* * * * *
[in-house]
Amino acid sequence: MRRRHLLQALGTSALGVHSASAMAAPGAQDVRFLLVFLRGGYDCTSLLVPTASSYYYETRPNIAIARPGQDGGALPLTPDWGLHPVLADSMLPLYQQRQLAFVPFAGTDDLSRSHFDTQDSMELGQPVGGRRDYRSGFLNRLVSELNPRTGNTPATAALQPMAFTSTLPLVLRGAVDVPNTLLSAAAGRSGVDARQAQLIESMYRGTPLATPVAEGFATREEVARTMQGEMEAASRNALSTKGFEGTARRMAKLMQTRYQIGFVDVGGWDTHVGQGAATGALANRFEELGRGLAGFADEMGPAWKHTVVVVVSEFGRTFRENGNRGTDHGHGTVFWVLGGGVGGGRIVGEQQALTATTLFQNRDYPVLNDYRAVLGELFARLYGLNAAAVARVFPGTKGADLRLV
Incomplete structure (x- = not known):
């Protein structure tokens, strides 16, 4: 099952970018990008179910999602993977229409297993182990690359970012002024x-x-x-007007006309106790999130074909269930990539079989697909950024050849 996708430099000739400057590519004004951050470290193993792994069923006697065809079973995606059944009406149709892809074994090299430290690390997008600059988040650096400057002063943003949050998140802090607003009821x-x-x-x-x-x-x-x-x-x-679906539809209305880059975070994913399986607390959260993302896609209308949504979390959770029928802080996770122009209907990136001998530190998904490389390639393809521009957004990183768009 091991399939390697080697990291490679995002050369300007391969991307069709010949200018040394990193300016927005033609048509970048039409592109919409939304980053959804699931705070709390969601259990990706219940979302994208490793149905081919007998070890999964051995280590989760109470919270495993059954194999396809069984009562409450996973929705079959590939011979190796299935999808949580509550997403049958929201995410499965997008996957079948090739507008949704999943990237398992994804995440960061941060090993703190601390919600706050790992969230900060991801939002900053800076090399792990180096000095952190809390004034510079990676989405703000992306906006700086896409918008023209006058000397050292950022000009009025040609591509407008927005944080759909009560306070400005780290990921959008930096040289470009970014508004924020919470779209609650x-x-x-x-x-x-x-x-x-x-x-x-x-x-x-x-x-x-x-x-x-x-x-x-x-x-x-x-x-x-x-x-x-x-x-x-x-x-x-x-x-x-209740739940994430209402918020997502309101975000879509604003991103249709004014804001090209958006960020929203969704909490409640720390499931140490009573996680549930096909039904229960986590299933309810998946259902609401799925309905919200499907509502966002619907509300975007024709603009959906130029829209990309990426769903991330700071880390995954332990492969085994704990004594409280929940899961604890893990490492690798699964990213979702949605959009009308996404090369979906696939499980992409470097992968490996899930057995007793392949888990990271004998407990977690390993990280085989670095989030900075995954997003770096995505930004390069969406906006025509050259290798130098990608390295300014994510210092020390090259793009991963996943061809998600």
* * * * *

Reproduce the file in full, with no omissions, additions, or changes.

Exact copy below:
[in-house]
Amino acid sequence: MRRRHLLQALGTSALGVHSASAMAAPGAQDVRFLLVFLRGGYDCTSLLVPTASSYYYETRPNIAIARPGQDGGALPLTPDWGLHPVLADSMLPLYQQRQLAFVPFAGTDDLSRSHFDTQDSMELGQPVGGRRDYRSGFLNRLVSELNPRTGNTPATAALQPMAFTSTLPLVLRGAVDVPNTLLSAAAGRSGVDARQAQLIESMYRGTPLATPVAEGFATREEVARTMQGEMEAASRNALSTKGFEGTARRMAKLMQTRYQIGFVDVGGWDTHVGQGAATGALANRFEELGRGLAGFADEMGPAWKHTVVVVVSEFGRTFRENGNRGTDHGHGTVFWVLGGGVGGGRIVGEQQALTATTLFQNRDYPVLNDYRAVLGELFARLYGLNAAAVARVFPGTKGADLRLV
Incomplete structure (x- = not known):
């Protein structure tokens, strides 16, 4: 099952970018990008179910999602993977229409297993182990690359970012002024x-x-x-007007006309106790999130074909269930990539079989697909950024050849 996708430099000739400057590519004004951050470290193993792994069923006697065809079973995606059944009406149709892809074994090299430290690390997008600059988040650096400057002063943003949050998140802090607003009821x-x-x-x-x-x-x-x-x-x-679906539809209305880059975070994913399986607390959260993302896609209308949504979390959770029928802080996770122009209907990136001998530190998904490389390639393809521009957004990183768009 091991399939390697080697990291490679995002050369300007391969991307069709010949200018040394990193300016927005033609048509970048039409592109919409939304980053959804699931705070709390969601259990990706219940979302994208490793149905081919007998070890999964051995280590989760109470919270495993059954194999396809069984009562409450996973929705079959590939011979190796299935999808949580509550997403049958929201995410499965997008996957079948090739507008949704999943990237398992994804995440960061941060090993703190601390919600706050790992969230900060991801939002900053800076090399792990180096000095952190809390004034510079990676989405703000992306906006700086896409918008023209006058000397050292950022000009009025040609591509407008927005944080759909009560306070400005780290990921959008930096040289470009970014508004924020919470779209609650x-x-x-x-x-x-x-x-x-x-x-x-x-x-x-x-x-x-x-x-x-x-x-x-x-x-x-x-x-x-x-x-x-x-x-x-x-x-x-x-x-x-209740739940994430209402918020997502309101975000879509604003991103249709004014804001090209958006960020929203969704909490409640720390499931140490009573996680549930096909039904229960986590299933309810998946259902609401799925309905919200499907509502966002619907509300975007024709603009959906130029829209990309990426769903991330700071880390995954332990492969085994704990004594409280929940899961604890893990490492690798699964990213979702949605959009009308996404090369979906696939499980992409470097992968490996899930057995007793392949888990990271004998407990977690390993990280085989670095989030900075995954997003770096995505930004390069969406906006025509050259290798130098990608390295300014994510210092020390090259793009991963996943061809998600």